PC Building Fundamentals aims to provide you with a solid foundation of knowledge in order to help you select the components for—and build—a new Personal Computer. As custom-built PCs have become more mainstream, the amount of users opting to build their own rather than purchase pre-built systems is steadily increasing. Whether you have just started to consider the idea of building your own PC or you have been doing it for quite some time, hopefully this series will be beneficial to you. Each individual episode covers a specific topic that will be tackled as objectively as possible, while striving to use a range of sources and factual references rather than just a singular opinion.
It is worth noting that building a PC is not for everyone; assembling a computer is very much ‘at your own risk’. Whilst the individual parts will usually be covered by warranties, there is an inherent risk with putting something together yourself. With that said, the satisfaction from putting together your own PC and having it work as intended vastly outweighs the convenience of purchasing a pre-built system. PC Building Fundamentals aims to provide you with the confidence to tackle your own custom build, as well as some tips and tricks along the way. The series will utilise a combination of my own knowledge, trusted references within the tech community, visual demonstrations, and virtual demonstrations using PC Building Simulator.
What Do I Need My PC For?
Which direction you take with your own build really depends on how you plan on using your PC. Will it be used predominantly for gaming, and occasionally used for video-editing? Or is multimedia manipulation your 9-5 job, but you want the PC to also be capable of playing the occasional AAA game?
For gaming, there are so many variables to consider (type of game, resolution, desired frame-rate, etc.) when planning your PC build. A fast CPU paired with a powerful video card should result in good gaming performance, but the amount of cores the CPU has is not as crucial; but at least a quad-core is recommended.
For video editing and graphics rendering, a fast CPU is also desired, but the amount of physical cores is considerably more important; this is where having 6 or 8 or even more cores really shines. Depending on the resolution of the footage, this PC build will likely require much more RAM than what a gaming PC would typically use as well. Some modern software can also benefit from a decent video card, which can help reduce rendering times by offsetting some of the workload.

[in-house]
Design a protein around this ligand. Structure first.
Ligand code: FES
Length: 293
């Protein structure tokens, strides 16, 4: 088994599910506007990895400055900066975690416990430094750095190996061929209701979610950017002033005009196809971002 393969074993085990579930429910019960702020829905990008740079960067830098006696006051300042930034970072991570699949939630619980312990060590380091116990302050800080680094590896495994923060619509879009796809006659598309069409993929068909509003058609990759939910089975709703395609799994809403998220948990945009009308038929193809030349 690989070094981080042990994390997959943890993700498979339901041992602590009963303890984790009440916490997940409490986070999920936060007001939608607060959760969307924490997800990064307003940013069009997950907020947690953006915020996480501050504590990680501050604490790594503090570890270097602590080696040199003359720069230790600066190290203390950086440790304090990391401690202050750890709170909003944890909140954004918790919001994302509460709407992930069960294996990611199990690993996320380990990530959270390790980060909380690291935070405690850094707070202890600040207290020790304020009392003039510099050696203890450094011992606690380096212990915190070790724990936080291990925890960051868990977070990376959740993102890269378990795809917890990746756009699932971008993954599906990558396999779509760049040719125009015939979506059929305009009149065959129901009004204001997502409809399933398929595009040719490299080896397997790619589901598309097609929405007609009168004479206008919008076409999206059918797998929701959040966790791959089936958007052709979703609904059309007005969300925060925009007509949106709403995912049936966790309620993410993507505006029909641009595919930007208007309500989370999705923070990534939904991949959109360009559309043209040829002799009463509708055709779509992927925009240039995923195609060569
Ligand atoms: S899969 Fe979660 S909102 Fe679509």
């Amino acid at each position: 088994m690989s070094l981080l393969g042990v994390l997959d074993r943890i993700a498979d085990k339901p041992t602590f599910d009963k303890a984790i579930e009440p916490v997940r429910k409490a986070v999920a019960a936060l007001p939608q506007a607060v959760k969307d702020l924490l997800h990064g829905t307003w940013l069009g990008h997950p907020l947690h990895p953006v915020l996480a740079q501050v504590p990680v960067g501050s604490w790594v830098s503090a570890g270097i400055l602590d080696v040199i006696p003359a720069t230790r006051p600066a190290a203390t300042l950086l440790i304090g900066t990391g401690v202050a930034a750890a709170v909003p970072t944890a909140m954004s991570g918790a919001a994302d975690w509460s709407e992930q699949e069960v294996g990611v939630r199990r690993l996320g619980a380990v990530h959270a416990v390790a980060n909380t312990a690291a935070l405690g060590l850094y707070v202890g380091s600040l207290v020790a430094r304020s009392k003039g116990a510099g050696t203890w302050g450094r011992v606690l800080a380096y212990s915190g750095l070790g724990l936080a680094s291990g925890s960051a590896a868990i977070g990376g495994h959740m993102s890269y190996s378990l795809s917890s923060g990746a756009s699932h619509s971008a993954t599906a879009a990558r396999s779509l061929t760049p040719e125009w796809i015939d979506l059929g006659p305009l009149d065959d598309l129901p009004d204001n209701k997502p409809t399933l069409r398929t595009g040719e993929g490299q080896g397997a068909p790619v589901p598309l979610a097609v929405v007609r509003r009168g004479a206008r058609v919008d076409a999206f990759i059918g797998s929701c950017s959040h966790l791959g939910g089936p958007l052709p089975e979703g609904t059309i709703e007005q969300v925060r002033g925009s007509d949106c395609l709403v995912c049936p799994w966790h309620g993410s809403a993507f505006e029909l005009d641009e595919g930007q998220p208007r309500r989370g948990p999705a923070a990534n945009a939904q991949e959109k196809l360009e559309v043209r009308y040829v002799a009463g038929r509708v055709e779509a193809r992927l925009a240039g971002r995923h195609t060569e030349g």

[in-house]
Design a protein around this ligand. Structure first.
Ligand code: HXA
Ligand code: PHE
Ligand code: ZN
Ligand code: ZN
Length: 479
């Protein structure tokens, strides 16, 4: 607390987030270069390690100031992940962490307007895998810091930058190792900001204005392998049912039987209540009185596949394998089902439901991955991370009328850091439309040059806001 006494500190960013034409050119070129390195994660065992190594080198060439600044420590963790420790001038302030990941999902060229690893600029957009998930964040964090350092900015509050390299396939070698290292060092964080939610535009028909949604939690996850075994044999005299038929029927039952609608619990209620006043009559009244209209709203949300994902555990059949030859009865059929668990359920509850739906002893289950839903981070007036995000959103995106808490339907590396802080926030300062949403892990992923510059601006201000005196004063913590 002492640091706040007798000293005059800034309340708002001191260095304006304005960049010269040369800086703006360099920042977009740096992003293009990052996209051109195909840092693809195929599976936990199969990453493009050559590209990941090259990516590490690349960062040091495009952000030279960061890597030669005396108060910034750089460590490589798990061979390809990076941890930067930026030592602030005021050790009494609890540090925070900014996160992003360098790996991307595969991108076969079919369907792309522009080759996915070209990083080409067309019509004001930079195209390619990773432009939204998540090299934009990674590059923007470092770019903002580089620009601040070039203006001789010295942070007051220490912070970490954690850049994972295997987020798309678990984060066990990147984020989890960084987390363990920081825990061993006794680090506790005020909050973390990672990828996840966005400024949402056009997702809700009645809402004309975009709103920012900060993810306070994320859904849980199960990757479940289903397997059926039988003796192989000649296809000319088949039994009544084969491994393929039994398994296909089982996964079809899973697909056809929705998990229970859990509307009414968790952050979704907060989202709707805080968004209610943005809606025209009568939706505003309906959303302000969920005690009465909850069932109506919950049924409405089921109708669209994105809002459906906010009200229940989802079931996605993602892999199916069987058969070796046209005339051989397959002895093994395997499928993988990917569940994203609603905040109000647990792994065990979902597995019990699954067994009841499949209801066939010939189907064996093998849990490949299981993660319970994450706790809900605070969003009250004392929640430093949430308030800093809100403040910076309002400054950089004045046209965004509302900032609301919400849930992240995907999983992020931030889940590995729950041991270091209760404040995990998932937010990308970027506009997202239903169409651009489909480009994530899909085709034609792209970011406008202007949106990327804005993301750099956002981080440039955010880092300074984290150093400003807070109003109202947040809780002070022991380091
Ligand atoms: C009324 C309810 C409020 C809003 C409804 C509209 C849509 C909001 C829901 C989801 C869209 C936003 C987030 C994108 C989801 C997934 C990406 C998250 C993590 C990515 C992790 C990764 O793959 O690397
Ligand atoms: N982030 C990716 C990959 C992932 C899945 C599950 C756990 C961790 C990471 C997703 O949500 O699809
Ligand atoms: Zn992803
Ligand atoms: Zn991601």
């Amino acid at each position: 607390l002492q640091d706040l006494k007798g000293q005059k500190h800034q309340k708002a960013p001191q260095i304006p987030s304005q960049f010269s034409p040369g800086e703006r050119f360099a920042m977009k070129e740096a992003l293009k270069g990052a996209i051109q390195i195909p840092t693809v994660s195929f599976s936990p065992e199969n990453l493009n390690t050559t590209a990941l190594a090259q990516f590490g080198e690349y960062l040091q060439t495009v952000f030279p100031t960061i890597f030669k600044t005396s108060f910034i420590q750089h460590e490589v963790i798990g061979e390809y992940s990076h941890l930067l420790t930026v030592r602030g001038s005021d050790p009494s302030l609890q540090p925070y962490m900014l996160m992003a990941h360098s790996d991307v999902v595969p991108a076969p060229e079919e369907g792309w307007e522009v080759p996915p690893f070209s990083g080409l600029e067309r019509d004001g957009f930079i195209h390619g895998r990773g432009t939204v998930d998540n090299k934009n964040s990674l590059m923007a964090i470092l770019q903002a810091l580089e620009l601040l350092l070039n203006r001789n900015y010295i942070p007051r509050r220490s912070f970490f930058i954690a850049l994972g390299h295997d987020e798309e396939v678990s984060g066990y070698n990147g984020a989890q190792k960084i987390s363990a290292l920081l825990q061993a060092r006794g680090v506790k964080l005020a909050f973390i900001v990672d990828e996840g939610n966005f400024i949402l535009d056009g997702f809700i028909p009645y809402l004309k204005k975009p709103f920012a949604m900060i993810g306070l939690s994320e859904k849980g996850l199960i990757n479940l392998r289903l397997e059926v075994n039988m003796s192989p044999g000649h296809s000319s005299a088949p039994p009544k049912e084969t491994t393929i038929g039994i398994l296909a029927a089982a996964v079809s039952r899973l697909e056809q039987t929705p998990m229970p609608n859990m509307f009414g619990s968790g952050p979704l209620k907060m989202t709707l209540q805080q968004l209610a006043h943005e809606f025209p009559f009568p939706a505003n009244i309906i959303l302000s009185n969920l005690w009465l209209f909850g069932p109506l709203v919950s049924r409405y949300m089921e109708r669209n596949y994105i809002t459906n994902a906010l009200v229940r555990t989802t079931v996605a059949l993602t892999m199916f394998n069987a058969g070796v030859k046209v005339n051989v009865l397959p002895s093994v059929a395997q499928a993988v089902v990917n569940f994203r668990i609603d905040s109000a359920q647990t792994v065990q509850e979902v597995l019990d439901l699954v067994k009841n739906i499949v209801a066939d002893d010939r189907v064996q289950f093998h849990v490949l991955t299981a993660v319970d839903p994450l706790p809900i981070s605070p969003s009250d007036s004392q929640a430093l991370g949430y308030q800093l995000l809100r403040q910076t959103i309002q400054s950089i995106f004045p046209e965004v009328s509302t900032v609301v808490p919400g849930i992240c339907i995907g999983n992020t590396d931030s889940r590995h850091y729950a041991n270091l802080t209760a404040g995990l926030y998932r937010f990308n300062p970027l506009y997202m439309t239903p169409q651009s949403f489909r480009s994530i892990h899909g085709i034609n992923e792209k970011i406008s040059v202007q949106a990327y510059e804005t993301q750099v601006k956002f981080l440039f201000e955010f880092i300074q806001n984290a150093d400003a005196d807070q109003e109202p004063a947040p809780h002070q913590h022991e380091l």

Audio production is much less demanding than gaming and video editing, with the hardware specs depending on which software you intend on using. The key investment in this type of build will focus on a high quality sound card with a variety of input/outputs, and of course some high-quality speakers.
PC Building Fundamentals: Use Case Scenario
Following on from the Prologue, this episode discusses some of the aspects to consider when planning your PC build.
If you only require a personal computer that is capable of browsing the Internet or making use of simple office software, then of course there is not much to consider; a simple Chromebook or even a Raspberry Pi will do the job just fine. Constructing a PC that is a dedicated gaming system however, requires prioritising different components in comparison to a dedicated video-editing workstation. Likewise, attempting to put together a build that will do a little bit of everything, usually results in making compromises in certain areas.
Regardless of which direction you choose to take, the importance of defining your use case scenario when planning your build is integral to the success of the project itself.
If you want to further discuss the topics as the series progresses, you can get involved in the conversation via either the Scholarly Gamers’ Discord Server or over on our subreddit; where every article and video from the site is posted.
I hope you enjoy watching this series, as I know I will enjoy recording it.